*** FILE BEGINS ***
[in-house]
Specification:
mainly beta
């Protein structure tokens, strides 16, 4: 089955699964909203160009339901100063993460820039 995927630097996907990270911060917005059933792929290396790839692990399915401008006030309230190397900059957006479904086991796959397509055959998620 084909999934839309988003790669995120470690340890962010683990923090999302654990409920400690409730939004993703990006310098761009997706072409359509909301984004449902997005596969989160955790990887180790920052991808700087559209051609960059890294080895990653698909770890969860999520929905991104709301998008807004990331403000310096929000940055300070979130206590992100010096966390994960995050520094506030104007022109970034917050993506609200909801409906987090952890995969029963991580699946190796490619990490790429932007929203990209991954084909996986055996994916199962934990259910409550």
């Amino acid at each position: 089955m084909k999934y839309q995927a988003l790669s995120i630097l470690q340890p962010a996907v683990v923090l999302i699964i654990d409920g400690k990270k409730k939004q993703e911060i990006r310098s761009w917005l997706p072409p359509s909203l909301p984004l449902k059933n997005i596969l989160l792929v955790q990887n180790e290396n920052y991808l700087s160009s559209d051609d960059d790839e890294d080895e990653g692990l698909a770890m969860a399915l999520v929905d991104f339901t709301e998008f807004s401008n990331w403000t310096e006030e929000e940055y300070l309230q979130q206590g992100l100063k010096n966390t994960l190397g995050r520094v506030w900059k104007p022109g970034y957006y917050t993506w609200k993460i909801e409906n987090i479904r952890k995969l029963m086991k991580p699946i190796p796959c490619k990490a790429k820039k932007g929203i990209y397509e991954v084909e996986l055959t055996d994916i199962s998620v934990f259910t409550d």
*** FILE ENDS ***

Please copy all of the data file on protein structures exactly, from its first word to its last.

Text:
[in-house]
Specification:
mainly beta
């Protein structure tokens, strides 16, 4: 089955699964909203160009339901100063993460820039 995927630097996907990270911060917005059933792929290396790839692990399915401008006030309230190397900059957006479904086991796959397509055959998620 084909999934839309988003790669995120470690340890962010683990923090999302654990409920400690409730939004993703990006310098761009997706072409359509909301984004449902997005596969989160955790990887180790920052991808700087559209051609960059890294080895990653698909770890969860999520929905991104709301998008807004990331403000310096929000940055300070979130206590992100010096966390994960995050520094506030104007022109970034917050993506609200909801409906987090952890995969029963991580699946190796490619990490790429932007929203990209991954084909996986055996994916199962934990259910409550």
């Amino acid at each position: 089955m084909k999934y839309q995927a988003l790669s995120i630097l470690q340890p962010a996907v683990v923090l999302i699964i654990d409920g400690k990270k409730k939004q993703e911060i990006r310098s761009w917005l997706p072409p359509s909203l909301p984004l449902k059933n997005i596969l989160l792929v955790q990887n180790e290396n920052y991808l700087s160009s559209d051609d960059d790839e890294d080895e990653g692990l698909a770890m969860a399915l999520v929905d991104f339901t709301e998008f807004s401008n990331w403000t310096e006030e929000e940055y300070l309230q979130q206590g992100l100063k010096n966390t994960l190397g995050r520094v506030w900059k104007p022109g970034y957006y917050t993506w609200k993460i909801e409906n987090i479904r952890k995969l029963m086991k991580p699946i190796p796959c490619k990490a790429k820039k932007g929203i990209y397509e991954v084909e996986l055959t055996d994916i199962s998620v934990f259910t409550d």